And good tea? What better place than Teaviews to find the best recommendations?

Good luck with your search, and may you have that "fateful encounter of the eyes"!

(1) Lim Kean Siew, The Beauty of Chinese Yixing Teapots & The Finer Art of Tea Drinking, Singapore: Times Media Private Limited, 2001. pg 16.
(2) http://www.chineseteaannals.com/annals/the-first-teapot-artist.html
(3) Siew, pg. 34.
(4) Siew, pp. 32-34.
(5)Lam Kam Chuen, The Way of Tea: The Sublime Art of Oriental Tea Drinking, Hauppauge, NY: Barron's, 2002. Pg. 81.
(6) Heiss and Heiss, The Story of Tea: A Cultural History and Drinking Guide, Berkeley, CA: Ten Speed Press, 2007. Pp. 263-264.
(7) Siew, pg. 34.
Teaviews Member: Lynn Lynn
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8 Responses to “A Rough Guide to Yixing Teapots and Gong Fu Brewing”

  1. Patty Says:

    Hi, Lynn. I thank you for this article, with its excellent research. I was wishing that someone at Teaviews would put all of this in one place, and here it is! I have let gong fu intimidate me for too long; it’s time to step into new (to me) territory .

  2. Lynn Says:

    Hope it helps! 🙂

  3. Groundberries Says:

    not related to the article, just wanted to note that “xing” sounds more like “sing” than “shing” in mandarin. well, somewhere in between, but definitely a lot closer to “sing” than “shing”, with a lot of hissing. there IS a mandarin initial (consonant in most cases) that sounds more like an english “sh”. romanized, it’s actually written “sh”. then again, you could perhaps get away with pronouncing it like that anyway because there is no “shing” in mandarin. there is a “qing”, but it sounds more like an english “tching”.

    but thank you for the article 🙂

  4. Lynn Says:

    Thanks Groundberries. (Love the name!) Every source I’ve read says “shing” but perhaps it’s a mispronunciation that gets passed along? I’ll double check with my Chinese friend, who grew up speaking nothing but Mandarin. It’s so hard to grasp some Chinese pronunciation of sounds, just as it is for my friend with English words. We seem to have differently tuned ears! 🙂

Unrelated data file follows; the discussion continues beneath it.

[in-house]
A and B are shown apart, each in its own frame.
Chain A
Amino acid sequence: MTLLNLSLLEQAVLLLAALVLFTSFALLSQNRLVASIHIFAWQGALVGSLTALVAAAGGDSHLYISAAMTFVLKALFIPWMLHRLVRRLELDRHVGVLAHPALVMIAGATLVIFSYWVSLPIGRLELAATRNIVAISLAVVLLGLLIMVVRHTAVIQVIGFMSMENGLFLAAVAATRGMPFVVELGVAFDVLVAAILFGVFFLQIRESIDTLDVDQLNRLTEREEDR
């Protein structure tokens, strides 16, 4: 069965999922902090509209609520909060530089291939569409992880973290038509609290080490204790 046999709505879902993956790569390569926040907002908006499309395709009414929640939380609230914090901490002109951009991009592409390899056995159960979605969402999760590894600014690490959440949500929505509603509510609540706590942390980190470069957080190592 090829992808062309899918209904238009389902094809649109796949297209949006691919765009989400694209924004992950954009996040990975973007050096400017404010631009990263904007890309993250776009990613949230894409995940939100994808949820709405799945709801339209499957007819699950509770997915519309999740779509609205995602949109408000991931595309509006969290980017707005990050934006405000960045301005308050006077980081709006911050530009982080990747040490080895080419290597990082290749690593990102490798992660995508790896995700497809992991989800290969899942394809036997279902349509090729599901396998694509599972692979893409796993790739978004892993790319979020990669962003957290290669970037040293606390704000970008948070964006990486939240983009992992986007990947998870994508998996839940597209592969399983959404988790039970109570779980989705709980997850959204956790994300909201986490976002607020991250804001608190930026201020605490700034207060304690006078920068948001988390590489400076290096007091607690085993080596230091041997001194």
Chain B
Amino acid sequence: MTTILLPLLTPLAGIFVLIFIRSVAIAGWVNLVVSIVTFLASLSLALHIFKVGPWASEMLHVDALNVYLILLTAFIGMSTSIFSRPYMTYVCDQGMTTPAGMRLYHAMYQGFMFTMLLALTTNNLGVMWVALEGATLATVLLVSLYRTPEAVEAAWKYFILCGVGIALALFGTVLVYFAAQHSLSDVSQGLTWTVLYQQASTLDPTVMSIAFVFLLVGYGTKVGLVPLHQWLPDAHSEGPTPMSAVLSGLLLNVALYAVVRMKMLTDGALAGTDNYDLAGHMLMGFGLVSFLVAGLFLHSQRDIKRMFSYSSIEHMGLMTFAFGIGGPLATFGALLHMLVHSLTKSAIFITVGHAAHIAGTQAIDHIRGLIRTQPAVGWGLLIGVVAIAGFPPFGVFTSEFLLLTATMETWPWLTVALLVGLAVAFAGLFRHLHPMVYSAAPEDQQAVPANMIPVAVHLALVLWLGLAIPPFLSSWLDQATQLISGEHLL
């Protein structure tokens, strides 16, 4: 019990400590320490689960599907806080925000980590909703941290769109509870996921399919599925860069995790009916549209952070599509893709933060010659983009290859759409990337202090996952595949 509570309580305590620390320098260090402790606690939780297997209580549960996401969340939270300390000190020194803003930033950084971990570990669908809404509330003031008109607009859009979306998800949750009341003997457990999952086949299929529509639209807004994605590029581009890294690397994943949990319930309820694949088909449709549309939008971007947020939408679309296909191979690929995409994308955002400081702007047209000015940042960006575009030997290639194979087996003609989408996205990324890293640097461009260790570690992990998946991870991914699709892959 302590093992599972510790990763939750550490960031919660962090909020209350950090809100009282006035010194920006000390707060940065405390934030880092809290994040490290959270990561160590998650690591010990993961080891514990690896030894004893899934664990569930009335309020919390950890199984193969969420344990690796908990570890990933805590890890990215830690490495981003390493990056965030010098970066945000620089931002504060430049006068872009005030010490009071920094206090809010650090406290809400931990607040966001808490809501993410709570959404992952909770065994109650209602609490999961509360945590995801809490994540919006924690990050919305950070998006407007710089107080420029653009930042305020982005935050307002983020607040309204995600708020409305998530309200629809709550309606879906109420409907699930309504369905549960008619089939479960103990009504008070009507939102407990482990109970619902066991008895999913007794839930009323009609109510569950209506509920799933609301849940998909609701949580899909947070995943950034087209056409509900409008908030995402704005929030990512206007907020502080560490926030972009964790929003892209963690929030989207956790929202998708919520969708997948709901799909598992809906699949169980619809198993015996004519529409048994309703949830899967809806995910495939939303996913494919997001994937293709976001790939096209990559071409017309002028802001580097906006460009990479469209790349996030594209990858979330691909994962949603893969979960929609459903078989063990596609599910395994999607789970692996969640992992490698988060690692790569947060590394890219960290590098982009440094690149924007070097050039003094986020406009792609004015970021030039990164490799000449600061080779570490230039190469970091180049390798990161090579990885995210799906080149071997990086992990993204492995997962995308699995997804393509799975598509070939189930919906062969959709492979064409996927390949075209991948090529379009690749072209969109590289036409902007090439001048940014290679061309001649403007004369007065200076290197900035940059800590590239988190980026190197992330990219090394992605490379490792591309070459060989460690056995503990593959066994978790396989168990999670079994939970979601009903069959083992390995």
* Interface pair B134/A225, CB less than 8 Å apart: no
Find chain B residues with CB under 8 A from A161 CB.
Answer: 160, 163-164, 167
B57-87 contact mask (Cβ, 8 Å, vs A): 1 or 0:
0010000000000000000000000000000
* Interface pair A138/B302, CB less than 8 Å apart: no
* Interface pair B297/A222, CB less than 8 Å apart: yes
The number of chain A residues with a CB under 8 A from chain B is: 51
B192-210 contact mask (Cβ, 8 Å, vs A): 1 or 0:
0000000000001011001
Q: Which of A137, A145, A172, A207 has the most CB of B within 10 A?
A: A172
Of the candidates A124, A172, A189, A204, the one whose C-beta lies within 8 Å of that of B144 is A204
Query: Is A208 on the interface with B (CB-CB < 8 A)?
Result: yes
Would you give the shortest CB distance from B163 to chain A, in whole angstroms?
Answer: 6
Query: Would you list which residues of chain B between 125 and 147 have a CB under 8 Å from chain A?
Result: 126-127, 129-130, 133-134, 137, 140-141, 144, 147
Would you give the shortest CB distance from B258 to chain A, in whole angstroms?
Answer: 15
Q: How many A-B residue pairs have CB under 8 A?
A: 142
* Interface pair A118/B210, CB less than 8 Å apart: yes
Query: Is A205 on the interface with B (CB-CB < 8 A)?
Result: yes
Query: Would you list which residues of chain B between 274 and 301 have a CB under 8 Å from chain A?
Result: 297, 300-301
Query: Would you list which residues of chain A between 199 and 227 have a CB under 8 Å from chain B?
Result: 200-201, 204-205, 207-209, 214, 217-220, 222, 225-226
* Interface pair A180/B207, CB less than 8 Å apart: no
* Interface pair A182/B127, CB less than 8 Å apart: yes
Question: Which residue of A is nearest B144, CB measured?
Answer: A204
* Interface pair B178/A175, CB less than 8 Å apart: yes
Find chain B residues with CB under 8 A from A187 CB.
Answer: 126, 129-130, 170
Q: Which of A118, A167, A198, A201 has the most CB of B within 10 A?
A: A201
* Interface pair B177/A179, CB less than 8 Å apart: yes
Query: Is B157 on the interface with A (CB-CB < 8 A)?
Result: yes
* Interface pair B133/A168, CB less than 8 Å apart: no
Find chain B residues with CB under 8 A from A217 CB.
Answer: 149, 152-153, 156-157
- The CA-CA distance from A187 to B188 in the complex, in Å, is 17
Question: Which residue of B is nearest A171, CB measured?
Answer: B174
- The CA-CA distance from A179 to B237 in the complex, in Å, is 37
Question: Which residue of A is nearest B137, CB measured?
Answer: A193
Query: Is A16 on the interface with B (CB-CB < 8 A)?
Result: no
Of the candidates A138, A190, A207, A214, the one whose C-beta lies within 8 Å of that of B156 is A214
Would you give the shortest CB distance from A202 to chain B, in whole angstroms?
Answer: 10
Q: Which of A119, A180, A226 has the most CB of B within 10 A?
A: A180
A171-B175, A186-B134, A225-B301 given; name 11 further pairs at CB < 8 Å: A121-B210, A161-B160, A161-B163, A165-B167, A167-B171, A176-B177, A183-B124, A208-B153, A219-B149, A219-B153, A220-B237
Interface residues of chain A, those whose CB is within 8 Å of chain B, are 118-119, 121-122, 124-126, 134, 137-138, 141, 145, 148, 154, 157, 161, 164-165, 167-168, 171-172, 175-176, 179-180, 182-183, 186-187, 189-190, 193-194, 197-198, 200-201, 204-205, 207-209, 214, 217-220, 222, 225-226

5. Dragon Says:

    @Groundberries – “Xing” is definitely a light “shing.” The hissing “s” sound that you are describing is the letter “s” in pinyin. The “ing” in “xing” makes the “sh” sound lighter because because your transitioning to a more nasal “ing” sound. But it’s still closer to “shing.” Trust me, I live in a city called Xiamen in Fujian province, and they definitely pronounce it “Sheeahmun.” Also The “Sh” and “X” sounds are actually the same starting sound, but the SH is followed by an “uh.” Hence if there was a word “shing” in pinyin, it would be pronounced kind’ve like “shuh-ing”

  6. Bryan Says:

    I enjoyed reading your article, but I couldn’t help but notice a few…differences, if you will.
    Black Tea in Chinese is known as “Hei (pronounced Her) Cha” Also, you listed Tie Guan Yin separately from oolong, while they are both the same, except oolong is a general term for semi-oxidized teas and Tie Guan Yin is just one of the many. Thank you for reading – I don’t mean any hard feelings, I just had to write.

  7. Yixing Teapots Facts You Should Know Says:

    […] http://www.teaviews.com/2010/01/05/yixing-teapots-and-gong-fu-brewing/ […]

  8. Dogbert Says:

    Thank you so much for this article! I recently fell in love with my first tea which is a Taiwan Oolong from Da Yu Ling (Winter)!

    It made me want to get a tea set to really appreciate the tea! But one thing that i haven’t been able to wrap my head around is the fact that my local teashop told me that different color teapots are for different teas. Where does that school of thought come from and what’s the reasoning behind it?

    And should we look for specific characteristics in a yixing teapot when it comes to using it for different types of tea?